A bipartisan panel Thursday recommended that embattled Rep. Charles B. Rangel of New York be censured by the full House of Representatives for ethics violations, the stiffest penalty a member can face short of expulsion.
The House will likely take up the matter after Thanksgiving. Rangel could be the first congressman censured by the body in almost 30 years.
The Harlem Democrat had sought a lighter sanction. Before the vote, he asked the House Ethics Committee for leniency, pointing to his 40 years of service on Capitol Hill and saying that in the details of the ethical allegations against him “there was not even the suggestion of corruption.”
Unlike the defiant posture Rangel assumed earlier this week, the 80-year-old former chairman of the House Ways and Means Committee seemed resigned and even dispirited, tearfully saying that there was “no excuse for my behavior” even as he maintained that he “did not try to enrich myself.”
He was joined in the committee room by a colleague, Rep. John Lewis (D-Ga.), a veteran of the civil rights movement, who said Rangel, known for his silver hair, gravelly voice and sartorial flourish, was “a good and decent man. I know this man. I think I know his heart.”
Rangel later released a statement apologizing to “my constituents and the American people.”
On Tuesday, an adjudicatory subcommittee found Rangel guilty of 11 of the 13 counts against him, including failure to declare rental income from a Dominican villa, improper solicitation of donations on a congressional letterhead and misuse of a rent-controlled apartment as a campaign office.
Rangel did not mount a defense, walking out on the proceedings after the panel would not grant his request for a delay so he could arrange for new legal counsel.
The committee, split evenly between Democrats and Republicans, voted 9-1 to censure Rangel.
The last such vote came in 1983, when Rep. Dan Crane (R-Ill.) was censured by the House for inappropriate sexual behavior with a congressional page.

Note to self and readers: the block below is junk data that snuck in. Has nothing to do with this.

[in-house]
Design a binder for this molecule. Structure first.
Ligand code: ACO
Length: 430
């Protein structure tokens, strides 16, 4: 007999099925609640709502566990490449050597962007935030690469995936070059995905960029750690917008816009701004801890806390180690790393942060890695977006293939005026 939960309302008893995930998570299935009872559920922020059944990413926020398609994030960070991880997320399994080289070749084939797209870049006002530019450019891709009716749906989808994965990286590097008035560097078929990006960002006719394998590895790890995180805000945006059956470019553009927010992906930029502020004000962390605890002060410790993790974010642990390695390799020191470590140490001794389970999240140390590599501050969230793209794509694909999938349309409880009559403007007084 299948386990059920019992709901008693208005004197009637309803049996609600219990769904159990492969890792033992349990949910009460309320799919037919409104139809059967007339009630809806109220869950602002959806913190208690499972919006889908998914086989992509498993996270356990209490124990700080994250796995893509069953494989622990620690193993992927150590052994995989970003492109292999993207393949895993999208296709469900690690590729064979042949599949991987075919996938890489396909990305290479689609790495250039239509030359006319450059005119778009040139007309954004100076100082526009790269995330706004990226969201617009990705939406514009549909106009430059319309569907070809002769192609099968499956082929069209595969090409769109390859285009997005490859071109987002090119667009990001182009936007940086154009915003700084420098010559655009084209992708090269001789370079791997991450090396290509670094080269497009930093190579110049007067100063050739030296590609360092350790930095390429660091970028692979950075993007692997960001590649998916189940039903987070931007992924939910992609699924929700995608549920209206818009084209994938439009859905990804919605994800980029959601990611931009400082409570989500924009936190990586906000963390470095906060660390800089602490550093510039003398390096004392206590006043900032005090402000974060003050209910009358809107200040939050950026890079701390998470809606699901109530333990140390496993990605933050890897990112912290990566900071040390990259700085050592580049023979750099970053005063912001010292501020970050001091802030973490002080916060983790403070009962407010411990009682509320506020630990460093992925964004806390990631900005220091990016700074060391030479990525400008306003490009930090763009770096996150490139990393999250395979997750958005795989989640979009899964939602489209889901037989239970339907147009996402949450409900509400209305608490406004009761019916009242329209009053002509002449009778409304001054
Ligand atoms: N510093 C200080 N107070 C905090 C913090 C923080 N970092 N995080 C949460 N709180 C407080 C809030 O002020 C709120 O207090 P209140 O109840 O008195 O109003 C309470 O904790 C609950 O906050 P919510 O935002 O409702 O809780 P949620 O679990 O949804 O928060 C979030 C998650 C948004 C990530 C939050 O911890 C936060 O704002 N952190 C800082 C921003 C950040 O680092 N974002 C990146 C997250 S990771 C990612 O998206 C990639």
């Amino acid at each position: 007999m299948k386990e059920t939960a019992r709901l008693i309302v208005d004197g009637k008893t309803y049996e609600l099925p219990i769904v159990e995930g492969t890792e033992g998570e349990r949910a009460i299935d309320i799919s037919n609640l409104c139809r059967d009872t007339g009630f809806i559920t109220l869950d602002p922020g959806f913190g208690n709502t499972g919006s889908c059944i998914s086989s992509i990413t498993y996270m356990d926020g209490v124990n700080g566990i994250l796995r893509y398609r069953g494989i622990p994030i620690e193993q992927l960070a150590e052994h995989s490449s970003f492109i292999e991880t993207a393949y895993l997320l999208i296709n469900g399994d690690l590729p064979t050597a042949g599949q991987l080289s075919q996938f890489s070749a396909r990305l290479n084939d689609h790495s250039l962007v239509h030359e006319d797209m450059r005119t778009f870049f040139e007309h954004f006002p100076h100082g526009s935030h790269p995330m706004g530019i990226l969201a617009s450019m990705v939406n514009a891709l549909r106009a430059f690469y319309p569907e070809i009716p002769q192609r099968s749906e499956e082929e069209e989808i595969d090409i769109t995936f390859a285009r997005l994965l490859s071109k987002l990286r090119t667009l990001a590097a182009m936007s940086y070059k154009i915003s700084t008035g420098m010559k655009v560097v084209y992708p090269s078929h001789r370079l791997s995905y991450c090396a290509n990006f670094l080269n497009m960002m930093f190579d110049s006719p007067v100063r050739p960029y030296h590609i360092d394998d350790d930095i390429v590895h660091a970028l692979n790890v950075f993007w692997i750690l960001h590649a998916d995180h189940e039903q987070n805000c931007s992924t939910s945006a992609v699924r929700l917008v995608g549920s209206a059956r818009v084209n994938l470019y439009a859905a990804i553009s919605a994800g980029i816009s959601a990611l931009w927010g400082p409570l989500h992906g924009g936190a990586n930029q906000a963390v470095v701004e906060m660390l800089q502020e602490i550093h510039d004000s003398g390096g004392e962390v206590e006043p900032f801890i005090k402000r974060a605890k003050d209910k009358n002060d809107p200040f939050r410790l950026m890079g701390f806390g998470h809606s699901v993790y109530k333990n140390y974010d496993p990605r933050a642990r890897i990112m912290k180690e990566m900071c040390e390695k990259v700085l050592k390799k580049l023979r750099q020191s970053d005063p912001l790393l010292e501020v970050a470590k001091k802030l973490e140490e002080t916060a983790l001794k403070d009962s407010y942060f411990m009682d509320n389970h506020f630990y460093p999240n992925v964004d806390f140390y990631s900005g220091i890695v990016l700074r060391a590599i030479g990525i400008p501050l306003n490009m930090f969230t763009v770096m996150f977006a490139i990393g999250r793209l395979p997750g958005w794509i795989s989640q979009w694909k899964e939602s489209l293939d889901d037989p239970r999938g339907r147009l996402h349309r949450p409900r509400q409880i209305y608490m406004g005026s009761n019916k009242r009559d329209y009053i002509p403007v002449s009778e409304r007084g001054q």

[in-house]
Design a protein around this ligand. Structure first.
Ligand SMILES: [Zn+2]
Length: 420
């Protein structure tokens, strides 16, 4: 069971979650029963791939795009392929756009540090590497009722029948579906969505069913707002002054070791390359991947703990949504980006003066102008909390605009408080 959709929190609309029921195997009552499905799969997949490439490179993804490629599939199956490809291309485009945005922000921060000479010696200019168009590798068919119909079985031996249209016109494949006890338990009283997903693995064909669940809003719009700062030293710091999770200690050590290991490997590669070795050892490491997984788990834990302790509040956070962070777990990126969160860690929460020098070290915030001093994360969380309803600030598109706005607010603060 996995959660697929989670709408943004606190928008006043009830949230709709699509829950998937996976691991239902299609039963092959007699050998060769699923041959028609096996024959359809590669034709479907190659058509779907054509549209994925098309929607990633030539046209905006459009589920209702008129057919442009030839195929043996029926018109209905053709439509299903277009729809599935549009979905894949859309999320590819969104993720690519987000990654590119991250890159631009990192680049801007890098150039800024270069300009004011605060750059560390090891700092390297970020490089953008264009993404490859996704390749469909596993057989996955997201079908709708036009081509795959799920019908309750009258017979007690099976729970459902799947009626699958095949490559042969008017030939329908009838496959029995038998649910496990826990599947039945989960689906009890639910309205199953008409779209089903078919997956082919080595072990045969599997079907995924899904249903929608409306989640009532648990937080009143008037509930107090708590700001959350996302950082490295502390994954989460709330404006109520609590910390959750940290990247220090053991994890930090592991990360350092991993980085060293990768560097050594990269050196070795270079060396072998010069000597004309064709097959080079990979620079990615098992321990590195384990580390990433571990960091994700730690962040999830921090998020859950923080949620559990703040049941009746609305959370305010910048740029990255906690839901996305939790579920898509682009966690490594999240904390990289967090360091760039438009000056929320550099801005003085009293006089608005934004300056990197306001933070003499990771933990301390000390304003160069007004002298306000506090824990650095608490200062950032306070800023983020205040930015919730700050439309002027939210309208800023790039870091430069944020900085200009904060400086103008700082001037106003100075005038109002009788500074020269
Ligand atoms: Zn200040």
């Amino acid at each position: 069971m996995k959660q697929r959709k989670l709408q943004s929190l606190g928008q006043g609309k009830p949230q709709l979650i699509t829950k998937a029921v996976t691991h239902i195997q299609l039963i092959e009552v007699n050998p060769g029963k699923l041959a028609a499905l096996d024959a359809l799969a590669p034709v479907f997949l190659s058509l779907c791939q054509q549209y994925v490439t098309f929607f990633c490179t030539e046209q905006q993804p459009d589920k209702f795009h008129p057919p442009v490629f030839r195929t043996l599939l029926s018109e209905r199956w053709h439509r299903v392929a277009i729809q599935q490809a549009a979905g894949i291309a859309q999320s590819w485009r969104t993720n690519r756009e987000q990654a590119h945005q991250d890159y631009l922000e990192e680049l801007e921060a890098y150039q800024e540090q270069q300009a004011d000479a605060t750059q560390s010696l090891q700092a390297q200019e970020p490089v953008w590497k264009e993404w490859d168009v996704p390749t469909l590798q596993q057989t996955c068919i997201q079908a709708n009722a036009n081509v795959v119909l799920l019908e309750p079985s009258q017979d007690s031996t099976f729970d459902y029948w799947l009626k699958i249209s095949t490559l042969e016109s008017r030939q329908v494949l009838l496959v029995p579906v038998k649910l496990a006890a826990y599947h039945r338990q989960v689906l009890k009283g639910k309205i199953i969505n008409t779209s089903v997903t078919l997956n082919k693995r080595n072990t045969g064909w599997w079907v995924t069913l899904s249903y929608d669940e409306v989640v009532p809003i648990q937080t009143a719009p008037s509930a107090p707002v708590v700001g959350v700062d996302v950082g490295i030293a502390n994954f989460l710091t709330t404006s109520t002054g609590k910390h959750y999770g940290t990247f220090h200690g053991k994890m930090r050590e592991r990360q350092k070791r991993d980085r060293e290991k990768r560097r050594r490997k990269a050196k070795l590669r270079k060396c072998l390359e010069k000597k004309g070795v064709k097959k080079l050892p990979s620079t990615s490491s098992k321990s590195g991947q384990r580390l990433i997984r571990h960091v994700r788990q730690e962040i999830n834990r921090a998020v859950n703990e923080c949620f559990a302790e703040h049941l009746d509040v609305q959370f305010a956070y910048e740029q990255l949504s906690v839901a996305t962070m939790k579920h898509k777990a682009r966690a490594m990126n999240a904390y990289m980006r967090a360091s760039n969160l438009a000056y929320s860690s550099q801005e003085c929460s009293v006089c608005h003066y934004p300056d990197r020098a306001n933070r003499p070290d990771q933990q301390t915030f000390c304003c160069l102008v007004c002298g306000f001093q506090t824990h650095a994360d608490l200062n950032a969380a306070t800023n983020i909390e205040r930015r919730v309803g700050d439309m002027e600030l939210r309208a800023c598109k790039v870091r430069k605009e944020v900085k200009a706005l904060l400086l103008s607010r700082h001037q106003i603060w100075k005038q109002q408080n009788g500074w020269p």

The ethics investigation began in July 2008 after Rangel asked the House Committee on Standards of Official Conduct to determine whether he violated House rules by soliciting contributions under a congressional letterhead for the Rangel Center for Public Service at the City College of New York. That investigation soon expanded.
Rangel was elected to the House in 1970, unseating in the Democratic primary a longtime incumbent who had been reprimanded for ethical lapses. Despite his own controversies, Rangel was easily reelected in November to his 21st term.
The top Republican of the committee, Rep. Jo Bonner of Alabama, said the process “should have and could have been concluded earlier” to allow voters in Rangel’s district a chance to fully hear the charges against him and pass their own verdict.
Rangel responded by saying voters were well aware of the allegations before Election Day. “God knows there was enough derogatory things said about me that I don’t think, Mr. Bonner, that you have to feel sorry for my constituents,” he said.
Bonner, in a sense, seemed to be writing Rangel’s political obituary Thursday, saying that Rangel was “bigger than life” and had “once wielded one of the most powerful gavels in town.”
But Rangel, Bonner said, showed “little regard and respect either for the institution that he has claimed to love or for the people of his district in New York that he has claimed to proudly represent for more than 40 years.”
“He can no longer blame anyone other than himself for the position he now finds himself in,” Bonner said.
Rangel was similarly mournful. “I don’t know how much longer I have to live,” he said at one juncture.
Another prominent Democrat, Rep. Maxine Waters of Los Angeles, will face a similar ethics proceeding this month. Waters, a 10-term congresswoman, is accused of helping a bank in which her husband held a financial stake.